The Simpsons creator Matt Groening recently confessed in an interview that the fictional town in which everyone’s favorite macaroni yellow family lived–Springfield–is actually based on Springfield, Oregon. While this may disappoint the Springfields in every other state of the Union, it can hardly come as a surprise to Oregonians. (Editors Note: Groening now says he was misquoted.) After all, Evergreen Terrace (the street on which the Simpson family lives) is the name of the street in southeast Portland on which Groening grew up, and Lovejoy, Flanders, and Quimby are only some of the Portland street names that have been applied to major characters in the Simpsons.
But for years, Groening refused to let on the Simpson’s real home, enjoying the ambiguity. Everyone could (and many did) believe that this Springfield was their Springfield. Given the nature of town life in The Simpsons, this may be something of a worrisome prospect. But maybe it isn’t just that the name “Springfield” is synonymous with eccentric citizenry and utterly incompetent local government. Maybe there’s something about how the characters from The Simpsons never try to pretend they’re better than they actually are, something about they’re being average people trying to get along in seemingly average circumstances that everyone responds to. We love the Simpsons because they are like us at our absolute worst and most ridiculous.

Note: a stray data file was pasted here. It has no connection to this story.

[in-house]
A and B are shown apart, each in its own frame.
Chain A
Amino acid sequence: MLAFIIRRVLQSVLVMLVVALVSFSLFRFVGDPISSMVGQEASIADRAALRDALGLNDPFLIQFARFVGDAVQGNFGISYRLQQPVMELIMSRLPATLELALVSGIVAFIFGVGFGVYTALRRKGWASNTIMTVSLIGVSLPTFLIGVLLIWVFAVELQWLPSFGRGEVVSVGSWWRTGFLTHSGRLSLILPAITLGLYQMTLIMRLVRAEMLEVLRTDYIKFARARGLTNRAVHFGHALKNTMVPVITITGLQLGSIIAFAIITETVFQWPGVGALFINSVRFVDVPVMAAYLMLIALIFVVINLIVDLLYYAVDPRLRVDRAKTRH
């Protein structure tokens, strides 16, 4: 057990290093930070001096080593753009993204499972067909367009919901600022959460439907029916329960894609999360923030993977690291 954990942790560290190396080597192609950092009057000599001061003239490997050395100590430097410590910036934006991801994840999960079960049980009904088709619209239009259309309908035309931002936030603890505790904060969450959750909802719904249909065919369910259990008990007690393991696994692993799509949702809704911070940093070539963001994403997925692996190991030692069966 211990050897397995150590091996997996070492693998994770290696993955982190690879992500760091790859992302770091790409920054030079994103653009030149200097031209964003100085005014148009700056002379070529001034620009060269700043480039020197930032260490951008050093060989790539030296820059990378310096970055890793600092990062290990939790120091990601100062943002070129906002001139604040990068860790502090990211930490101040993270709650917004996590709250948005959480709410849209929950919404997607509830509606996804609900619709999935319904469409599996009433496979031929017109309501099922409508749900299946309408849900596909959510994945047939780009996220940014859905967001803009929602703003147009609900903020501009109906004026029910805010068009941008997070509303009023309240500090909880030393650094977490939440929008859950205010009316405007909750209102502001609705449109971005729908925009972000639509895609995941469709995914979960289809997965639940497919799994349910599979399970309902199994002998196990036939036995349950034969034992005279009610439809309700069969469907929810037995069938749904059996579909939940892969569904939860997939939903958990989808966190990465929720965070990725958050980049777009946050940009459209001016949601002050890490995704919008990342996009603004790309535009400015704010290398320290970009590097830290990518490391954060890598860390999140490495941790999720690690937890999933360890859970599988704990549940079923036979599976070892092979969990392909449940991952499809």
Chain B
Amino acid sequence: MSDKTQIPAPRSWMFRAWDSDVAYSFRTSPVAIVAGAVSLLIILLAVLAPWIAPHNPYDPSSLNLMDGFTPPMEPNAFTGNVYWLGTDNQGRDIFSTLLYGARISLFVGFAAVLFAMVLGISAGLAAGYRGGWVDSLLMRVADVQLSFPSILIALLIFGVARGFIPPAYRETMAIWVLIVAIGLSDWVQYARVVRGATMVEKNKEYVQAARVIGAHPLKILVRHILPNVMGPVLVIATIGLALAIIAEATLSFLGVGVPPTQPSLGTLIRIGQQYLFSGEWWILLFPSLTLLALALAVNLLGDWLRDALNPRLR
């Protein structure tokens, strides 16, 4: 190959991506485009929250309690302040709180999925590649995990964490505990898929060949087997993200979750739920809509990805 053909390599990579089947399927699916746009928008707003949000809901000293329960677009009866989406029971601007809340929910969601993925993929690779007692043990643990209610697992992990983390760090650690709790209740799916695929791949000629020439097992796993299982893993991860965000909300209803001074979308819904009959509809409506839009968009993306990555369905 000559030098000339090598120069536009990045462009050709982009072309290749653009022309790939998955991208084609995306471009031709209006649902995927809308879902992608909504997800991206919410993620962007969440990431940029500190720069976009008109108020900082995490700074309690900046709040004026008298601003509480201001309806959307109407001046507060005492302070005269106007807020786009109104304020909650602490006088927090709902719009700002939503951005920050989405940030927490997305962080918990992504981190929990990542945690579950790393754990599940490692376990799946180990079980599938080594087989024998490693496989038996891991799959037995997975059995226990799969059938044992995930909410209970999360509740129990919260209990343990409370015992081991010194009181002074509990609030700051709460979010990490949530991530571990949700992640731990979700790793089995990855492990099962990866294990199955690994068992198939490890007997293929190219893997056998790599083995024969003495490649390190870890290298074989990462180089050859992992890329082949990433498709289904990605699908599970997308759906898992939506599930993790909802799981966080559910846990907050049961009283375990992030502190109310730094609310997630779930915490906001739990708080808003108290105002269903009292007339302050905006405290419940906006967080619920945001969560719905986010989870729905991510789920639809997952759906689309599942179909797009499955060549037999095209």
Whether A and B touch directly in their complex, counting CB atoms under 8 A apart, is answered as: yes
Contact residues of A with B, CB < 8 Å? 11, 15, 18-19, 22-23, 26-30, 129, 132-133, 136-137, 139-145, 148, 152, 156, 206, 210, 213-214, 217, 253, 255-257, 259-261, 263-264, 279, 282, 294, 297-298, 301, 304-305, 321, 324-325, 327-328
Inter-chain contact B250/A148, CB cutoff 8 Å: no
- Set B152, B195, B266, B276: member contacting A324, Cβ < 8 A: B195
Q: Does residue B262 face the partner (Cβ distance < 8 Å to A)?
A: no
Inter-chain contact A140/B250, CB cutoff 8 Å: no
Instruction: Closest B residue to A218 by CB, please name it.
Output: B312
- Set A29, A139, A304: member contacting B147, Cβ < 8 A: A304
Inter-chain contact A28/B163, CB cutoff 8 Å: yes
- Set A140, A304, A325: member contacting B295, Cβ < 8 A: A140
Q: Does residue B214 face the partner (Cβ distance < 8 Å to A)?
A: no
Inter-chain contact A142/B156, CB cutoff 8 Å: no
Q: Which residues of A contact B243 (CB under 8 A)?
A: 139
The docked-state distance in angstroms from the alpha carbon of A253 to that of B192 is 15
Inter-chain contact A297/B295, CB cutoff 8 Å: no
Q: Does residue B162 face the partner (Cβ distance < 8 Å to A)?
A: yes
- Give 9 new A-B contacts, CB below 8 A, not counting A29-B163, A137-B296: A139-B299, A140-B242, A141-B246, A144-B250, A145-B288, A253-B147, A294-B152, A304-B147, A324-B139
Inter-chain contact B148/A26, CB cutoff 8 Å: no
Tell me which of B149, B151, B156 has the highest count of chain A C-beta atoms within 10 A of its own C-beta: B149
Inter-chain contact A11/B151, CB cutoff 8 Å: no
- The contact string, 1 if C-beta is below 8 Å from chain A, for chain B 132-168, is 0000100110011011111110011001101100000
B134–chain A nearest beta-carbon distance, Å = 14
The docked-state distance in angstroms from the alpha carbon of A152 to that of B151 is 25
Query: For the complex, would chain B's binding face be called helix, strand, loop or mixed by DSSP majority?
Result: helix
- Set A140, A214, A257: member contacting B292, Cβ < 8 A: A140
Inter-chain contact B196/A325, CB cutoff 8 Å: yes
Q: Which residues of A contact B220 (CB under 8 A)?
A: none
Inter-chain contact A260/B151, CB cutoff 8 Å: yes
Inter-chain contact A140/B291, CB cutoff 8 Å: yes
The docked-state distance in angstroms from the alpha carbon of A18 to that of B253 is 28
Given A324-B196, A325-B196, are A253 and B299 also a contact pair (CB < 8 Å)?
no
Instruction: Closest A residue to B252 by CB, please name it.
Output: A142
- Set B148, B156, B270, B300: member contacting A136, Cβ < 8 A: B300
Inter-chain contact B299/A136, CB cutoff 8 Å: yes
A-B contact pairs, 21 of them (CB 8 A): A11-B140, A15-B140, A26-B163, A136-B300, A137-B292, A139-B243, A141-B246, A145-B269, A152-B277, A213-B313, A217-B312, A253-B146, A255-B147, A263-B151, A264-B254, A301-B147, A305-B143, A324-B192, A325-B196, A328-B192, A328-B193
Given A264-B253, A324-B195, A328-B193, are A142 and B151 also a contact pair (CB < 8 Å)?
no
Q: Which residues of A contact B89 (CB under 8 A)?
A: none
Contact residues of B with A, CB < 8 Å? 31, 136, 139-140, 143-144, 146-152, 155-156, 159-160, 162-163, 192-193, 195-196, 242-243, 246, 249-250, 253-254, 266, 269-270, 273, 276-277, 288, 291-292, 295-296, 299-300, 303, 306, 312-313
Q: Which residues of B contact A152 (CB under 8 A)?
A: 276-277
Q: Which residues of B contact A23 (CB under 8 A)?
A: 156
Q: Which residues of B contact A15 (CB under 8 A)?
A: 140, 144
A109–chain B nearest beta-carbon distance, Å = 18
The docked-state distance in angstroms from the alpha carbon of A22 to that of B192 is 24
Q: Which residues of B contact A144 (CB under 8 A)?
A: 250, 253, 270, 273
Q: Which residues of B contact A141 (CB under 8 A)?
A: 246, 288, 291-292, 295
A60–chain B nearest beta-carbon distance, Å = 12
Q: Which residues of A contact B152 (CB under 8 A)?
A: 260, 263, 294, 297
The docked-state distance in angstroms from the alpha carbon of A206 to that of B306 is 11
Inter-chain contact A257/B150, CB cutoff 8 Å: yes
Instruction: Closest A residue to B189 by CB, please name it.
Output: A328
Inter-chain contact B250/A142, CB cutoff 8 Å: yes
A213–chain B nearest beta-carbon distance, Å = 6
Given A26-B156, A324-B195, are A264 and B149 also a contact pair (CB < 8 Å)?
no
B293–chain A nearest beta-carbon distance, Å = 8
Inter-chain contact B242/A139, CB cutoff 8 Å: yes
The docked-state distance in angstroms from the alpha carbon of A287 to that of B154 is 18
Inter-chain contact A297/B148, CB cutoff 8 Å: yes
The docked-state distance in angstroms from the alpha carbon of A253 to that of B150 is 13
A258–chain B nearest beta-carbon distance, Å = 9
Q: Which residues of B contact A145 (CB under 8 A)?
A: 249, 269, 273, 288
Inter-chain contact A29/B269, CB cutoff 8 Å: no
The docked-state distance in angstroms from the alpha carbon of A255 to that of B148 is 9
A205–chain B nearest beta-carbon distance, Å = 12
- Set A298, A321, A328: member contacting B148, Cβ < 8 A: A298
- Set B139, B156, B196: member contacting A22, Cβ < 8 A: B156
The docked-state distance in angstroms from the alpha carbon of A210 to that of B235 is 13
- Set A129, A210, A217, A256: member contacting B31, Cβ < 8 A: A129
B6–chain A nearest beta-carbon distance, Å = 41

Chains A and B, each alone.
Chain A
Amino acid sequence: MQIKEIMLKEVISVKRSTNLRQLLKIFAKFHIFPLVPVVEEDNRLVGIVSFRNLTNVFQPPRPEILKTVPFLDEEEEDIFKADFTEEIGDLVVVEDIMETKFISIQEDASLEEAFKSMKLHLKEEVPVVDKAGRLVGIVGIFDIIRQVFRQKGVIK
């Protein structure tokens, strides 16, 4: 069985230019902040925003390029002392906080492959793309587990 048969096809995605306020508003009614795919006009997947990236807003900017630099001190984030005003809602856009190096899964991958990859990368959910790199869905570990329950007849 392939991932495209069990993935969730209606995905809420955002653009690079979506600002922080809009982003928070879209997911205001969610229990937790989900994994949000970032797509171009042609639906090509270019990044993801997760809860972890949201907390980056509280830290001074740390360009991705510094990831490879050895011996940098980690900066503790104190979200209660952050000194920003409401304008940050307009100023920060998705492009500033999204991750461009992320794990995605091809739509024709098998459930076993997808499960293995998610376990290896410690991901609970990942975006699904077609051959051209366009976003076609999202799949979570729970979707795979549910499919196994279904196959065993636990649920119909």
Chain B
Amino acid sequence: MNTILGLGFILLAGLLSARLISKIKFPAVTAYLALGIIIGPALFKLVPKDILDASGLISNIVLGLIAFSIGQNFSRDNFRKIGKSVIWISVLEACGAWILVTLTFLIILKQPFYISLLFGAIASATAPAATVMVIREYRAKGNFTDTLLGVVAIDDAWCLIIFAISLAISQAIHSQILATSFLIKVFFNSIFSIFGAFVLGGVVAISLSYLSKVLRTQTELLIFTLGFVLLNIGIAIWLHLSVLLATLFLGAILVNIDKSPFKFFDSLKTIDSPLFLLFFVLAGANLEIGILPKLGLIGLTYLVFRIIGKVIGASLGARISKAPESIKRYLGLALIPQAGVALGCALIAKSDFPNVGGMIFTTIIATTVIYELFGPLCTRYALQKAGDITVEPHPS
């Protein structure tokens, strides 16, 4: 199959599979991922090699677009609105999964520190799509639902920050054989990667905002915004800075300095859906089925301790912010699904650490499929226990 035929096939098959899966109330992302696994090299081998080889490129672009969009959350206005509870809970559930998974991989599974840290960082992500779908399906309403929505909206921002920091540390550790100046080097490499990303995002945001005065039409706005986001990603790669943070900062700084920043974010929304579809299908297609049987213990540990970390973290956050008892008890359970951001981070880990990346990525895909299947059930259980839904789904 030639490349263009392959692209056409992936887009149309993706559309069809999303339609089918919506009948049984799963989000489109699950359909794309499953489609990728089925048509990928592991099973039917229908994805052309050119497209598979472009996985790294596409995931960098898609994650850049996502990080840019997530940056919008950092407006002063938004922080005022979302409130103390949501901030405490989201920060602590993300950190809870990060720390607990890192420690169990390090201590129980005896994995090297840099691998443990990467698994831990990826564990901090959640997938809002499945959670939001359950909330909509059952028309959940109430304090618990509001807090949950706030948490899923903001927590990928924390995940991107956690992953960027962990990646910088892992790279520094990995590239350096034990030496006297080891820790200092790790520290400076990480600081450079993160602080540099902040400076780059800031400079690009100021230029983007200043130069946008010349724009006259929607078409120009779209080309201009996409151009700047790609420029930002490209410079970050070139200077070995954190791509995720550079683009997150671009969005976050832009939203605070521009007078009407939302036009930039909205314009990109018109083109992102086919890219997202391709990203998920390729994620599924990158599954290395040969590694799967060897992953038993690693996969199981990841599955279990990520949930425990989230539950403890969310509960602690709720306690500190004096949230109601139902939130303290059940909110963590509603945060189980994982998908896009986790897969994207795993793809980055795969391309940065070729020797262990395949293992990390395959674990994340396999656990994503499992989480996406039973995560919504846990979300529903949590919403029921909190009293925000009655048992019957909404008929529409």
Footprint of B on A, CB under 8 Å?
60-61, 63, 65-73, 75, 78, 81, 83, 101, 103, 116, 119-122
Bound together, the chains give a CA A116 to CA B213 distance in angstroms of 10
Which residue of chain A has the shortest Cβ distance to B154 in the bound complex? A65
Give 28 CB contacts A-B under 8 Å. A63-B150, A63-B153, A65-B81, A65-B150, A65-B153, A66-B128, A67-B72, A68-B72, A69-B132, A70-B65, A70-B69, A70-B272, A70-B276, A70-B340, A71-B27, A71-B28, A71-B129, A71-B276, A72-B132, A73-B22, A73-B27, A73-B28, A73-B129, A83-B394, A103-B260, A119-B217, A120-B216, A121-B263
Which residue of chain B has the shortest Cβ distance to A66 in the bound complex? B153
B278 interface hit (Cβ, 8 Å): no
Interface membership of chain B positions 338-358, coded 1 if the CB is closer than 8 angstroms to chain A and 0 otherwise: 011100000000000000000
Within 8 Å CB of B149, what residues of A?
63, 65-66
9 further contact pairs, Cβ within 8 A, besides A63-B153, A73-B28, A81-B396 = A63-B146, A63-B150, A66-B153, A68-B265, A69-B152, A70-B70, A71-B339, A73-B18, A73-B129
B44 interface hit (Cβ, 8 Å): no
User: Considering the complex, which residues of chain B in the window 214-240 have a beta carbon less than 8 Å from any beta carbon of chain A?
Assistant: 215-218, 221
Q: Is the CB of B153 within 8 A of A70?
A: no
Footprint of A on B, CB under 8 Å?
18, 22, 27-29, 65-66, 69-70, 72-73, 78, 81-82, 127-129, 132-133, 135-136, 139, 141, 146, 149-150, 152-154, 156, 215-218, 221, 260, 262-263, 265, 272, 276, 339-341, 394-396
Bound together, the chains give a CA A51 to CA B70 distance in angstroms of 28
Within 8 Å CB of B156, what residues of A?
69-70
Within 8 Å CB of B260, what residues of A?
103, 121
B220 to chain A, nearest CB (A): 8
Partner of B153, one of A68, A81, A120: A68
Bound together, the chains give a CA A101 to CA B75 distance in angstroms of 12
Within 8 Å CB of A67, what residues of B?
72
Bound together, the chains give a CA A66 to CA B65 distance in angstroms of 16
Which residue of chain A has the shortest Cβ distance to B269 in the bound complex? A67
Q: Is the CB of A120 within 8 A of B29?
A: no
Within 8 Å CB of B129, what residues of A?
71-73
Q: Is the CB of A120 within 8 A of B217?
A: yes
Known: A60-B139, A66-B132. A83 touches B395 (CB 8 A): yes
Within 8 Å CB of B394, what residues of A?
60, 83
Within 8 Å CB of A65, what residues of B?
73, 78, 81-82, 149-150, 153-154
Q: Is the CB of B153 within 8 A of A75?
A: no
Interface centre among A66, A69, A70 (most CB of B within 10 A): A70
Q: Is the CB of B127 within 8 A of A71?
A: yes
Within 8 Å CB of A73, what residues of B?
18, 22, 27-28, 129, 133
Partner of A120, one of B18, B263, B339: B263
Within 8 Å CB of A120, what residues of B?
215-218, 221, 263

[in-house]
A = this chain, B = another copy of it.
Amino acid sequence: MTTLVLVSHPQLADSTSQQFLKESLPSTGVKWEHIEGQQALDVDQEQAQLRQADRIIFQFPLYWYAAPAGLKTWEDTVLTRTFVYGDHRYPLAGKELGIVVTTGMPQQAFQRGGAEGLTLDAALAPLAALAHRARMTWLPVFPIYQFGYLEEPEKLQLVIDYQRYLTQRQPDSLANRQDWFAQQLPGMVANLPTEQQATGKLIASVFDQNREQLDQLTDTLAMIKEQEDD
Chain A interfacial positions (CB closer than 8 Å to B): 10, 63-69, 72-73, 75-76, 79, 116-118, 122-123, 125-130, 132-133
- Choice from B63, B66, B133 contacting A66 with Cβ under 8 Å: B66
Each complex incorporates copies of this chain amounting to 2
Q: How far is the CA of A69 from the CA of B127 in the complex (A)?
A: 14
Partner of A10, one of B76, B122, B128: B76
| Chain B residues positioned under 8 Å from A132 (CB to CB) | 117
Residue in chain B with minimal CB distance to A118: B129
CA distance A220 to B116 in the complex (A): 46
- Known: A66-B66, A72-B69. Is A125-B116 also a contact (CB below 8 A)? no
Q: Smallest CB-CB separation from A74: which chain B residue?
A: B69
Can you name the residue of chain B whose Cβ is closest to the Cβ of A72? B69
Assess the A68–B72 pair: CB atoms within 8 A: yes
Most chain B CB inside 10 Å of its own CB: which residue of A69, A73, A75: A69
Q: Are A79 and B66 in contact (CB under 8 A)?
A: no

This affinity may lead to an almost fanatical level of devotion. In February to celebrate the show’s 500th episode, two Simpsons fans from California broke the Guinness World Record for consecutive hours spent watching television by watching every existing episode without stopping. All told, this was almost ninety strait hours of television. Pictures of Homer Simpson have been hand painted in imitation of Van Gogh’s blue backed self-portrait and Munch’s “The Scream.” when the voice actors for the Japanese series were replaced by bigger Japanese stars for the movie, fans from the country set up websites and forums to protest this alteration. With tag lines like, “Save the Simpsons!” it was clear their love of the series inspired them to attempt to maintain its integrity in the face of an attempt to boost the movie at the Japanese box office. In Europe, a German company has been battling it out for the rights to keep producing Duff. Google Translate informs me that their red backed ad reads, “How to become a legend?” which seems appropriate for such an iconic beer, if a bit over-literal in the translation.
While their guest stars have ranged from the newest celebrities on the block (here’s looking at you, Glee cast,) to legends like Patrick Stewart and Ringo Starr. Kelsey Grammar–famous predominantly for the sitcoms Cheers and Frasier–has voiced the ever-homicidal Sideshow Bob from the beginning of the series. Neil Patrick Harris had already been in an episode by the early ’90s. Stephen Hawking has played himself four times on the show, and Leonard Nimoy has appeared as himself twice. (Although his Star Trek co-star, William Shatner, is rumored to be the first star ever to turn down a guest spot…) When someone is famous enough to make it on to (or turn down) The Simpsons, they’ve truly made it.
With over 500 episode, there’s plenty to draw from to make a great quiz, and we have hundreds of them you to play: Check out the Simpsons page on Sporcle for enough Simpsons trivia to even satisfy the pope of chili town.